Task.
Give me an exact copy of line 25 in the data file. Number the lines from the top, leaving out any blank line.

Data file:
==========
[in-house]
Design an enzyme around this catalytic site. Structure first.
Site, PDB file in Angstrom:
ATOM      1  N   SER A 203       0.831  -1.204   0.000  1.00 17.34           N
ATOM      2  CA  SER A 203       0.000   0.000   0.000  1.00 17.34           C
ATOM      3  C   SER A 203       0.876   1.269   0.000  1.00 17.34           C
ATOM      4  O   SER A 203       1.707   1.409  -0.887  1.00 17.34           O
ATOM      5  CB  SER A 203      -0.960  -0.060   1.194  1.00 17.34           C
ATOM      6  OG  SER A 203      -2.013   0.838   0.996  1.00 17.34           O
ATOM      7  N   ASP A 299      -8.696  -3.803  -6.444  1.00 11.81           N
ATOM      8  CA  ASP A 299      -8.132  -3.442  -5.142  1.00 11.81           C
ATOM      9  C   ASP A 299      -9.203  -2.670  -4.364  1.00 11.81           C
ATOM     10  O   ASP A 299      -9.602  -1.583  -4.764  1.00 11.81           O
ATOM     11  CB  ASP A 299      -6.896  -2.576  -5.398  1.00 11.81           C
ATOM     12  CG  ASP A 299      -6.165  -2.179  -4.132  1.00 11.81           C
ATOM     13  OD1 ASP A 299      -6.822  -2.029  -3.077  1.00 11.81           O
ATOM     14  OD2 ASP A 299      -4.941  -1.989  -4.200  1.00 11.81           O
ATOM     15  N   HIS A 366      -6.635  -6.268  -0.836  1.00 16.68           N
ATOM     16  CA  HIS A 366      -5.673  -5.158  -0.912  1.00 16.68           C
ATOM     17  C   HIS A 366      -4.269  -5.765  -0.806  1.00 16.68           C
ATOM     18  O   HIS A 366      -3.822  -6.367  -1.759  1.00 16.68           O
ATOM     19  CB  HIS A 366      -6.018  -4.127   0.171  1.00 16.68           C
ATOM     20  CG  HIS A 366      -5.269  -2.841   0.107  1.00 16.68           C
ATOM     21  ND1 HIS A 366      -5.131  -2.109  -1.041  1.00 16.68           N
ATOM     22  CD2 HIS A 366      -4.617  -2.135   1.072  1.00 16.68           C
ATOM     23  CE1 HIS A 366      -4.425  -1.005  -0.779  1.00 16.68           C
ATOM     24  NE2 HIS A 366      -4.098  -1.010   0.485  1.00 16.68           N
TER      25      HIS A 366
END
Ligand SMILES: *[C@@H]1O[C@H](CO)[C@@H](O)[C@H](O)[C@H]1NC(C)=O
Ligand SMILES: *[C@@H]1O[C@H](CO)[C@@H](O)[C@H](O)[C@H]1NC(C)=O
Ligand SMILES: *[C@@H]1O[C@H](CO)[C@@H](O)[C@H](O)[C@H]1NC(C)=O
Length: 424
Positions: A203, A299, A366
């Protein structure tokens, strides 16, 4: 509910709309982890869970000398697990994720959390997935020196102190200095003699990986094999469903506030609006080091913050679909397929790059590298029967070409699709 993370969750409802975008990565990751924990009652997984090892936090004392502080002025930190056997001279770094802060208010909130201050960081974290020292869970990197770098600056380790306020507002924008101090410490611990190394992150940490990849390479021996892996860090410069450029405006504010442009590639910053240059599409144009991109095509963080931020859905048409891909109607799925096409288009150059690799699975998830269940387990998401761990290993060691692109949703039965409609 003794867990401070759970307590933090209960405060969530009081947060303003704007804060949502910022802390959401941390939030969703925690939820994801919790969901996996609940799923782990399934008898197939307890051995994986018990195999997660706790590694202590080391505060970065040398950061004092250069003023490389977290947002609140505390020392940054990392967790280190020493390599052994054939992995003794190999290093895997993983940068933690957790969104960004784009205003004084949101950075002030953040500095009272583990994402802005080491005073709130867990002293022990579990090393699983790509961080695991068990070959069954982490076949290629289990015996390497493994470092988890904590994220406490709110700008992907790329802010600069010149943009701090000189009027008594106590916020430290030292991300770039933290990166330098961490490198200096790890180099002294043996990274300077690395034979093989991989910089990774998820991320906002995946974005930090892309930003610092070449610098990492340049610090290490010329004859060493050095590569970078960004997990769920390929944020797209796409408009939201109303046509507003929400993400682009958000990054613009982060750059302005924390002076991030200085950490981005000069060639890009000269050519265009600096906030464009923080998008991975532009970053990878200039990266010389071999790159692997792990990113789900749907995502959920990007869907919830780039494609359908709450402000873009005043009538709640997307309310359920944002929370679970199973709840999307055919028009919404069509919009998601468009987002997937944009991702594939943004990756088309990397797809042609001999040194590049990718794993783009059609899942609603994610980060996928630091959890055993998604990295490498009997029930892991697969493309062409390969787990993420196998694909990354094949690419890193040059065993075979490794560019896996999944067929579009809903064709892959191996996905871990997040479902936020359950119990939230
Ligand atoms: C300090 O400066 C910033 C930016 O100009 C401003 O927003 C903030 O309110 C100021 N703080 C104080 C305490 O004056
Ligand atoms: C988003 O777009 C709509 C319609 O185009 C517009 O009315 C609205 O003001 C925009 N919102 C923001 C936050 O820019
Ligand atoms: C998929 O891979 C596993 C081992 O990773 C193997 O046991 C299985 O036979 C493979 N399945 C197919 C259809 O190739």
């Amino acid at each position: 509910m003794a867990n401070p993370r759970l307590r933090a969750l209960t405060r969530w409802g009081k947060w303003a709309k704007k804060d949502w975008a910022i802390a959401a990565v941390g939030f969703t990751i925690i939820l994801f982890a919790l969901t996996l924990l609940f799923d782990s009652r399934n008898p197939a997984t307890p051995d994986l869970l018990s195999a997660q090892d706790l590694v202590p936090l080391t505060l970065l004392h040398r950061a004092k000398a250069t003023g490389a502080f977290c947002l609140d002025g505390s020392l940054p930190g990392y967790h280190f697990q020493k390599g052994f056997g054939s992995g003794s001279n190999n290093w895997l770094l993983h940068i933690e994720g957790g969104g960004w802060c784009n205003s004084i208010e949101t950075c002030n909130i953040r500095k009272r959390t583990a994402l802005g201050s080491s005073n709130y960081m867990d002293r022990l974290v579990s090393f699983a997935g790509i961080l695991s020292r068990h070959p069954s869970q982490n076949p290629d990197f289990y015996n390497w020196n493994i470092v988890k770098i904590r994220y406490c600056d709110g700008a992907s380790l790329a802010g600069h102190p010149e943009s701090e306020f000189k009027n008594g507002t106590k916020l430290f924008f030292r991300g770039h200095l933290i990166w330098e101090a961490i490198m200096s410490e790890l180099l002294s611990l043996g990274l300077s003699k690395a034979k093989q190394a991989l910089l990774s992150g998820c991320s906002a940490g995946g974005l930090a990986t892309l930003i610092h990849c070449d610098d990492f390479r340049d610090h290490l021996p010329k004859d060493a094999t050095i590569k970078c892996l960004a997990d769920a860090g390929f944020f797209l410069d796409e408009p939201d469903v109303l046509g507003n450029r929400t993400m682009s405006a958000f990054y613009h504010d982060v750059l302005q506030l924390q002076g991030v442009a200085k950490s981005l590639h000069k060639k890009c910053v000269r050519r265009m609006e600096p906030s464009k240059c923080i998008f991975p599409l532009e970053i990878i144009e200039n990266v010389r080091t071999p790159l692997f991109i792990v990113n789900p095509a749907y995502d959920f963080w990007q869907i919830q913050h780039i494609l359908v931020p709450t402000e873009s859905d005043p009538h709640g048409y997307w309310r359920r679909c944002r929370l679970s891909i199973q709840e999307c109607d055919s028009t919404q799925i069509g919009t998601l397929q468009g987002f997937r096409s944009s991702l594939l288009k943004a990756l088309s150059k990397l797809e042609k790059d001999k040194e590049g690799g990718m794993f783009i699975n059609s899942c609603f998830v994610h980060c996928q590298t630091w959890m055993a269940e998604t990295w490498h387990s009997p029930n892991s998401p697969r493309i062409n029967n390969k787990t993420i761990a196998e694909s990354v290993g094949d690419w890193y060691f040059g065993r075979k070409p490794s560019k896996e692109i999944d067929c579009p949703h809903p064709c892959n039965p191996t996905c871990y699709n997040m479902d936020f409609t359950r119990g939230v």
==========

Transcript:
ATOM     22  CD2 HIS A 366      -4.617  -2.135   1.072  1.00 16.68           C